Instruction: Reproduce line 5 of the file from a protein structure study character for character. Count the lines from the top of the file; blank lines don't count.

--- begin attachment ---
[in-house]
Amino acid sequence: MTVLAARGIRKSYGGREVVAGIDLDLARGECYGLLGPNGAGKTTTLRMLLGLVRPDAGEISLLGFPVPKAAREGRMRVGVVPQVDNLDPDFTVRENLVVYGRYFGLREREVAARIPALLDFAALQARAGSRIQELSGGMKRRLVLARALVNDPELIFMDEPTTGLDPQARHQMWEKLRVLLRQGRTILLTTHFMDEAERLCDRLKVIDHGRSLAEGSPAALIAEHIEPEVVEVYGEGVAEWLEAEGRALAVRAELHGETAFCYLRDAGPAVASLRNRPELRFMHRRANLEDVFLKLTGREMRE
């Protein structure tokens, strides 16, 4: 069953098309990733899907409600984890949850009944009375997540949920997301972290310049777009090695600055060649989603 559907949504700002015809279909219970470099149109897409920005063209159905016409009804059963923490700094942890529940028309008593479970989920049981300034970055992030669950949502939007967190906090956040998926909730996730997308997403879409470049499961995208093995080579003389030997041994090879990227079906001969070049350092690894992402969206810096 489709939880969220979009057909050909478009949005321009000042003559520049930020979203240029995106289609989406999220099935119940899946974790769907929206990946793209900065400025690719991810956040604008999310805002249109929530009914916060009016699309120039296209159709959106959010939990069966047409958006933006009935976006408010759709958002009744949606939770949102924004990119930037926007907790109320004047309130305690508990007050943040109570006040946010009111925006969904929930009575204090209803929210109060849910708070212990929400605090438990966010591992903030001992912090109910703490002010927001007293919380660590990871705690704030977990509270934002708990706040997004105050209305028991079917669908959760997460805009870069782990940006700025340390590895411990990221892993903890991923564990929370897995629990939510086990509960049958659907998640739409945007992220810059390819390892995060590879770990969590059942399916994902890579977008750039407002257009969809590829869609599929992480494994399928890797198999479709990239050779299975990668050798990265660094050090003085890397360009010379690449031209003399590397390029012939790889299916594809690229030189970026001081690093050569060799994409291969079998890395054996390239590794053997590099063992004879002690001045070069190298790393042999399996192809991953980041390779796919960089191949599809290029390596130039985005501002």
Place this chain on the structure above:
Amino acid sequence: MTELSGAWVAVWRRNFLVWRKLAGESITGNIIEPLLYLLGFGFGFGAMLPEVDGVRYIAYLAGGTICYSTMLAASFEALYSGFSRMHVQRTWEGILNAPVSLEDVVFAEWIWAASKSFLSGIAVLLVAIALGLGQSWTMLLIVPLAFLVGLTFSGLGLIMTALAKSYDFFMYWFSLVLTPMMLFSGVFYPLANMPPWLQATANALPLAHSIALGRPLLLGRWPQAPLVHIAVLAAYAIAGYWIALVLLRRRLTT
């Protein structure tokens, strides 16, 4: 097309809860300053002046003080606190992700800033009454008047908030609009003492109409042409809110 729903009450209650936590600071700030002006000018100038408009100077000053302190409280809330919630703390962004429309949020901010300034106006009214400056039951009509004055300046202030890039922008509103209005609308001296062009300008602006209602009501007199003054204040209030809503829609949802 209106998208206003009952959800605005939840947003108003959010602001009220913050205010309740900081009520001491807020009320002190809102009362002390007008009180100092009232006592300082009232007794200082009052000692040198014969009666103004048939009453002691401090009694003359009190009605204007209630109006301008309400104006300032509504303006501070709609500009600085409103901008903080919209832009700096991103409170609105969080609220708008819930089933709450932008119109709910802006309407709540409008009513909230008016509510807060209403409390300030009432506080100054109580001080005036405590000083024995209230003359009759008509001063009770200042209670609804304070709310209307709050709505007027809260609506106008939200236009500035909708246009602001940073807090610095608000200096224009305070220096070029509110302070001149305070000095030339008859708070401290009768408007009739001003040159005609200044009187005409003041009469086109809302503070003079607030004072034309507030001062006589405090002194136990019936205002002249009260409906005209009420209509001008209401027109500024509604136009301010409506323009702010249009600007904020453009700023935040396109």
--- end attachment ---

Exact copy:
Amino acid sequence: MTELSGAWVAVWRRNFLVWRKLAGESITGNIIEPLLYLLGFGFGFGAMLPEVDGVRYIAYLAGGTICYSTMLAASFEALYSGFSRMHVQRTWEGILNAPVSLEDVVFAEWIWAASKSFLSGIAVLLVAIALGLGQSWTMLLIVPLAFLVGLTFSGLGLIMTALAKSYDFFMYWFSLVLTPMMLFSGVFYPLANMPPWLQATANALPLAHSIALGRPLLLGRWPQAPLVHIAVLAAYAIAGYWIALVLLRRRLTT